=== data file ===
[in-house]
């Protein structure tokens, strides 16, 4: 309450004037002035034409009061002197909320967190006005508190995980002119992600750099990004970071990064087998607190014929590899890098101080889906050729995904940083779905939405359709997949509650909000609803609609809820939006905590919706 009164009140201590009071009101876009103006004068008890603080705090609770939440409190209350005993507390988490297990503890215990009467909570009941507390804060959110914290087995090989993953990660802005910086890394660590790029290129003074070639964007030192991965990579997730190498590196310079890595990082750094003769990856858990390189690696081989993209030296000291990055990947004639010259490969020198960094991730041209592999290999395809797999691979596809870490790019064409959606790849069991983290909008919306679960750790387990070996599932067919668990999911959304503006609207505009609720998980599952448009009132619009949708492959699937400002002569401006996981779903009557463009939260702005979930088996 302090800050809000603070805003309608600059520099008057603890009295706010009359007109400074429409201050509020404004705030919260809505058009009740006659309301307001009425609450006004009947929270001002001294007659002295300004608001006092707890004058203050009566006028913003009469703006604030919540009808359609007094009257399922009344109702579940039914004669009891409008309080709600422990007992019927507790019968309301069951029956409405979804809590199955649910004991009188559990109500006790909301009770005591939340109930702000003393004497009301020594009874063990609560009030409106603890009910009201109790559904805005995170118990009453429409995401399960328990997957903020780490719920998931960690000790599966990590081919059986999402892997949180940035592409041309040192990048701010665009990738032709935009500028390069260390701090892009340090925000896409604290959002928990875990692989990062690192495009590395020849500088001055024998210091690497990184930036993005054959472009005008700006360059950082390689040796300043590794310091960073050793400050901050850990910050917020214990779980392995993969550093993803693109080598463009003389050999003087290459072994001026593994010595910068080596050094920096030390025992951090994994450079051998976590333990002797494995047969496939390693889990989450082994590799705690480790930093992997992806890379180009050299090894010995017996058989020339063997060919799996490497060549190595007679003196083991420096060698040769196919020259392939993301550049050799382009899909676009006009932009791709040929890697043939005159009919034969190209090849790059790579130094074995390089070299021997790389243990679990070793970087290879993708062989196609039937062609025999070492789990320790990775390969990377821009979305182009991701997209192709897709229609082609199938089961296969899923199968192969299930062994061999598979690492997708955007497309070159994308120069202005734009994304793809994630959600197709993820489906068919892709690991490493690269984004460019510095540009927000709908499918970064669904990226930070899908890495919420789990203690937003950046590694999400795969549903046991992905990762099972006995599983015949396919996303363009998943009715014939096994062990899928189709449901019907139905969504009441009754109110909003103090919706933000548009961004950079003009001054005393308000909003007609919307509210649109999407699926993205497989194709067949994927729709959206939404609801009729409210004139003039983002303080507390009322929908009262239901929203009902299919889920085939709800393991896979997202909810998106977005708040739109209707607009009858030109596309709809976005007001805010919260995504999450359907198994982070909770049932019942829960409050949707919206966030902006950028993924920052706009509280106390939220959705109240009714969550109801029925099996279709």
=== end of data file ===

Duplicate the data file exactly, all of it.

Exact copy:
[in-house]
């Protein structure tokens, strides 16, 4: 309450004037002035034409009061002197909320967190006005508190995980002119992600750099990004970071990064087998607190014929590899890098101080889906050729995904940083779905939405359709997949509650909000609803609609809820939006905590919706 009164009140201590009071009101876009103006004068008890603080705090609770939440409190209350005993507390988490297990503890215990009467909570009941507390804060959110914290087995090989993953990660802005910086890394660590790029290129003074070639964007030192991965990579997730190498590196310079890595990082750094003769990856858990390189690696081989993209030296000291990055990947004639010259490969020198960094991730041209592999290999395809797999691979596809870490790019064409959606790849069991983290909008919306679960750790387990070996599932067919668990999911959304503006609207505009609720998980599952448009009132619009949708492959699937400002002569401006996981779903009557463009939260702005979930088996 302090800050809000603070805003309608600059520099008057603890009295706010009359007109400074429409201050509020404004705030919260809505058009009740006659309301307001009425609450006004009947929270001002001294007659002295300004608001006092707890004058203050009566006028913003009469703006604030919540009808359609007094009257399922009344109702579940039914004669009891409008309080709600422990007992019927507790019968309301069951029956409405979804809590199955649910004991009188559990109500006790909301009770005591939340109930702000003393004497009301020594009874063990609560009030409106603890009910009201109790559904805005995170118990009453429409995401399960328990997957903020780490719920998931960690000790599966990590081919059986999402892997949180940035592409041309040192990048701010665009990738032709935009500028390069260390701090892009340090925000896409604290959002928990875990692989990062690192495009590395020849500088001055024998210091690497990184930036993005054959472009005008700006360059950082390689040796300043590794310091960073050793400050901050850990910050917020214990779980392995993969550093993803693109080598463009003389050999003087290459072994001026593994010595910068080596050094920096030390025992951090994994450079051998976590333990002797494995047969496939390693889990989450082994590799705690480790930093992997992806890379180009050299090894010995017996058989020339063997060919799996490497060549190595007679003196083991420096060698040769196919020259392939993301550049050799382009899909676009006009932009791709040929890697043939005159009919034969190209090849790059790579130094074995390089070299021997790389243990679990070793970087290879993708062989196609039937062609025999070492789990320790990775390969990377821009979305182009991701997209192709897709229609082609199938089961296969899923199968192969299930062994061999598979690492997708955007497309070159994308120069202005734009994304793809994630959600197709993820489906068919892709690991490493690269984004460019510095540009927000709908499918970064669904990226930070899908890495919420789990203690937003950046590694999400795969549903046991992905990762099972006995599983015949396919996303363009998943009715014939096994062990899928189709449901019907139905969504009441009754109110909003103090919706933000548009961004950079003009001054005393308000909003007609919307509210649109999407699926993205497989194709067949994927729709959206939404609801009729409210004139003039983002303080507390009322929908009262239901929203009902299919889920085939709800393991896979997202909810998106977005708040739109209707607009009858030109596309709809976005007001805010919260995504999450359907198994982070909770049932019942829960409050949707919206966030902006950028993924920052706009509280106390939220959705109240009714969550109801029925099996279709």